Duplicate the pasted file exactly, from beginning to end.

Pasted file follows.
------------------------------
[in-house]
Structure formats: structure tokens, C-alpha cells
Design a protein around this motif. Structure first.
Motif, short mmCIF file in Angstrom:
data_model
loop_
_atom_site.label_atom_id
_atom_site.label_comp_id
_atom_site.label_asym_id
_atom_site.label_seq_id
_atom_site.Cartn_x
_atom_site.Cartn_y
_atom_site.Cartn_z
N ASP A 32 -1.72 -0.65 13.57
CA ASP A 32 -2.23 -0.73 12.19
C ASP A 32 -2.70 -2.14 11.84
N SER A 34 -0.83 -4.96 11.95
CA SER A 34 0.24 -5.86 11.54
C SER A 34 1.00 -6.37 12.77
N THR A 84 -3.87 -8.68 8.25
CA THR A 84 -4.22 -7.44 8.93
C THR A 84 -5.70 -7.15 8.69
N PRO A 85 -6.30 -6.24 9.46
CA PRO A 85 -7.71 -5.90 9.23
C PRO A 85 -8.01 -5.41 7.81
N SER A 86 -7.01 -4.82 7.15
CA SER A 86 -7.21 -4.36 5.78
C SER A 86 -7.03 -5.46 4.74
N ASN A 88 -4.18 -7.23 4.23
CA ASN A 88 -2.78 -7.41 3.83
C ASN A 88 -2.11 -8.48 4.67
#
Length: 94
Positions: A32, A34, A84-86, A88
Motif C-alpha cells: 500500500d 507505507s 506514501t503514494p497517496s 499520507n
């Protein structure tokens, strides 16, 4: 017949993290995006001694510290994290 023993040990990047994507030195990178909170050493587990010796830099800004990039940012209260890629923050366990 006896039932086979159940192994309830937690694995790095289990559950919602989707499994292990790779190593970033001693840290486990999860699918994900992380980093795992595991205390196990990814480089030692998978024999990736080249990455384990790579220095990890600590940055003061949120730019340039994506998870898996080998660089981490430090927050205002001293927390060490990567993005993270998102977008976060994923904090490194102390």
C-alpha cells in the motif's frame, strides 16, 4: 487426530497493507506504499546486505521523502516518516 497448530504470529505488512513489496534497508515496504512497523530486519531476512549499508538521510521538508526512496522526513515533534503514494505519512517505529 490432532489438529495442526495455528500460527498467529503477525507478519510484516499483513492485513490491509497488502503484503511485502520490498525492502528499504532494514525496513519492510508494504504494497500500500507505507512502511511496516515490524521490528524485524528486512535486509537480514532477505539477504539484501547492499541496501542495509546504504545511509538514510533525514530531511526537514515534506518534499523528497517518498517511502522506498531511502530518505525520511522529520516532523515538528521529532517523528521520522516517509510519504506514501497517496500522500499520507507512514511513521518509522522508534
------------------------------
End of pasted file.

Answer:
[in-house]
Structure formats: structure tokens, C-alpha cells
Design a protein around this motif. Structure first.
Motif, short mmCIF file in Angstrom:
data_model
loop_
_atom_site.label_atom_id
_atom_site.label_comp_id
_atom_site.label_asym_id
_atom_site.label_seq_id
_atom_site.Cartn_x
_atom_site.Cartn_y
_atom_site.Cartn_z
N ASP A 32 -1.72 -0.65 13.57
CA ASP A 32 -2.23 -0.73 12.19
C ASP A 32 -2.70 -2.14 11.84
N SER A 34 -0.83 -4.96 11.95
CA SER A 34 0.24 -5.86 11.54
C SER A 34 1.00 -6.37 12.77
N THR A 84 -3.87 -8.68 8.25
CA THR A 84 -4.22 -7.44 8.93
C THR A 84 -5.70 -7.15 8.69
N PRO A 85 -6.30 -6.24 9.46
CA PRO A 85 -7.71 -5.90 9.23
C PRO A 85 -8.01 -5.41 7.81
N SER A 86 -7.01 -4.82 7.15
CA SER A 86 -7.21 -4.36 5.78
C SER A 86 -7.03 -5.46 4.74
N ASN A 88 -4.18 -7.23 4.23
CA ASN A 88 -2.78 -7.41 3.83
C ASN A 88 -2.11 -8.48 4.67
#
Length: 94
Positions: A32, A34, A84-86, A88
Motif C-alpha cells: 500500500d 507505507s 506514501t503514494p497517496s 499520507n
């Protein structure tokens, strides 16, 4: 017949993290995006001694510290994290 023993040990990047994507030195990178909170050493587990010796830099800004990039940012209260890629923050366990 006896039932086979159940192994309830937690694995790095289990559950919602989707499994292990790779190593970033001693840290486990999860699918994900992380980093795992595991205390196990990814480089030692998978024999990736080249990455384990790579220095990890600590940055003061949120730019340039994506998870898996080998660089981490430090927050205002001293927390060490990567993005993270998102977008976060994923904090490194102390």
C-alpha cells in the motif's frame, strides 16, 4: 487426530497493507506504499546486505521523502516518516 497448530504470529505488512513489496534497508515496504512497523530486519531476512549499508538521510521538508526512496522526513515533534503514494505519512517505529 490432532489438529495442526495455528500460527498467529503477525507478519510484516499483513492485513490491509497488502503484503511485502520490498525492502528499504532494514525496513519492510508494504504494497500500500507505507512502511511496516515490524521490528524485524528486512535486509537480514532477505539477504539484501547492499541496501542495509546504504545511509538514510533525514530531511526537514515534506518534499523528497517518498517511502522506498531511502530518505525520511522529520516532523515538528521529532517523528521520522516517509510519504506514501497517496500522500499520507507512514511513521518509522522508534